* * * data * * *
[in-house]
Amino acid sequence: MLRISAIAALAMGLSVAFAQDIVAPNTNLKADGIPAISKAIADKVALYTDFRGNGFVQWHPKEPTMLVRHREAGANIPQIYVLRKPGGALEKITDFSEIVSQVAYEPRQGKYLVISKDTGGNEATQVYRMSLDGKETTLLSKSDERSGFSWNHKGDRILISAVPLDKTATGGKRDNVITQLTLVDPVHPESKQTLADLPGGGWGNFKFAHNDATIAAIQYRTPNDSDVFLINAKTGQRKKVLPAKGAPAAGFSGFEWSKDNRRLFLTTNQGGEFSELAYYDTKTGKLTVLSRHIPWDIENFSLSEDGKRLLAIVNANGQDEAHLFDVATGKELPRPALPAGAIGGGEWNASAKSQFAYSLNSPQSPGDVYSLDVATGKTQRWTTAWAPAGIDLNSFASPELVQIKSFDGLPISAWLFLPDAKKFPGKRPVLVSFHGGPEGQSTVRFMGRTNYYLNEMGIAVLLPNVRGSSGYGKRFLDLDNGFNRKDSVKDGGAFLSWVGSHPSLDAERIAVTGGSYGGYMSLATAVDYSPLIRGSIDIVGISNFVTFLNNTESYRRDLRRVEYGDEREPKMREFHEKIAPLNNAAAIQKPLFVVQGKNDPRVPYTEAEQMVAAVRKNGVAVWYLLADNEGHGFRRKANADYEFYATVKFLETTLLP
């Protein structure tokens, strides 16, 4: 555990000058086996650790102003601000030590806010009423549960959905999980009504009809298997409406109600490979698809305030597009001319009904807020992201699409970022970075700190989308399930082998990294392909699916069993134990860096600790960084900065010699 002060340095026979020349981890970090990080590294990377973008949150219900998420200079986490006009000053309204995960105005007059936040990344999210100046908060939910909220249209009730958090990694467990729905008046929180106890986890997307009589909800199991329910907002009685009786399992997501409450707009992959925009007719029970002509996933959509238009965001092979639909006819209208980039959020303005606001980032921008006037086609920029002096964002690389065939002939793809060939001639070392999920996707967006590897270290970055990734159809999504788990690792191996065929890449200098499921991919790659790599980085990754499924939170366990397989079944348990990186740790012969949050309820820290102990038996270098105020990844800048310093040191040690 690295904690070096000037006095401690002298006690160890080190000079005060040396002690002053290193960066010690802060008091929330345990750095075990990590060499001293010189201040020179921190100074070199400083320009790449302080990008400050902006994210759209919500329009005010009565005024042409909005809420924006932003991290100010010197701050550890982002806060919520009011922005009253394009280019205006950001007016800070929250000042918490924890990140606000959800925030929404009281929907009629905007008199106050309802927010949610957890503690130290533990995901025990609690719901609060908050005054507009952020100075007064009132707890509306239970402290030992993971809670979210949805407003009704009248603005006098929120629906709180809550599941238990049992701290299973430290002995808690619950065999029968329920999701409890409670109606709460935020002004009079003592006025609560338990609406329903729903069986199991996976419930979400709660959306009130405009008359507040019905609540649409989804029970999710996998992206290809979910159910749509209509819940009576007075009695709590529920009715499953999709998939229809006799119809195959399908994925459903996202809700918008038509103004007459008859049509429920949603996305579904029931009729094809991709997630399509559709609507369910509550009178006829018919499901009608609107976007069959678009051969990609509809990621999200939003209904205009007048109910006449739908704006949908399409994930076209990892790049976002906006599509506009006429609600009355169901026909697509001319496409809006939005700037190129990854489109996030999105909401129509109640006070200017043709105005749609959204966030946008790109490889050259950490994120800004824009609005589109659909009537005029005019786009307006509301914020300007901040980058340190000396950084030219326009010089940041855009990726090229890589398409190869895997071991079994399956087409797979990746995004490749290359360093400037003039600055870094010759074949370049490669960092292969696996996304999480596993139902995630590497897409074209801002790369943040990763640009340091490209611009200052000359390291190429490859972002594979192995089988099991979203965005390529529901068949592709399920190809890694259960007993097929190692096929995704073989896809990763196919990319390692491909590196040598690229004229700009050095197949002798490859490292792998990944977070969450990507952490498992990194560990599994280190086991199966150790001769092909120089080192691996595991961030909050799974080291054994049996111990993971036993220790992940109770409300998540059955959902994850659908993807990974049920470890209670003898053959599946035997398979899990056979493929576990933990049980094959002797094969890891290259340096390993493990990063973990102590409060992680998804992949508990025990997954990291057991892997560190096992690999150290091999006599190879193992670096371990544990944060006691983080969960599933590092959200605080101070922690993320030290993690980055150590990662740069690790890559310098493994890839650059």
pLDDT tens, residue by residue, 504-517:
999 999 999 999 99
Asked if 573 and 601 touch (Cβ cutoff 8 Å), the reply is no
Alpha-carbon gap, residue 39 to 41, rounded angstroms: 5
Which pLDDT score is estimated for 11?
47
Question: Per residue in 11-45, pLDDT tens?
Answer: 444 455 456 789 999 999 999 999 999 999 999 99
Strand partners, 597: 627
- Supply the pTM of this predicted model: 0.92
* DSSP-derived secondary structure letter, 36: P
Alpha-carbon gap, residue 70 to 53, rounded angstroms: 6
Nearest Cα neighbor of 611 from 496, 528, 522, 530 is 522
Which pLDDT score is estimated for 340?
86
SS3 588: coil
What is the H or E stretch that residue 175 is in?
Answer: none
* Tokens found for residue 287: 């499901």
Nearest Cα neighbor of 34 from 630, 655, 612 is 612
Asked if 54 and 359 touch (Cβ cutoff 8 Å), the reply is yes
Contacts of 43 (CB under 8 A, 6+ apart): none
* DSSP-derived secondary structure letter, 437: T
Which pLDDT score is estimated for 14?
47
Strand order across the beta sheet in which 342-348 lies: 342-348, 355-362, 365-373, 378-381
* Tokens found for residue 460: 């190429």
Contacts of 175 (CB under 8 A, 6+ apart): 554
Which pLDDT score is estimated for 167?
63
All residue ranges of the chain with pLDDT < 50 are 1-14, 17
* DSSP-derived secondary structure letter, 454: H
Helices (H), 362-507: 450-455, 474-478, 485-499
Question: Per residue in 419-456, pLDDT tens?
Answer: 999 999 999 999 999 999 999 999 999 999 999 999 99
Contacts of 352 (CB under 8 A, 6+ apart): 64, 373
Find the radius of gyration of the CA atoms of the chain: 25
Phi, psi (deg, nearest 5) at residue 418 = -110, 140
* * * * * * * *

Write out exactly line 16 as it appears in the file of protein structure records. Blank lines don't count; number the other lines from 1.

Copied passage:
Nearest Cα neighbor of 611 from 496, 528, 522, 530 is 522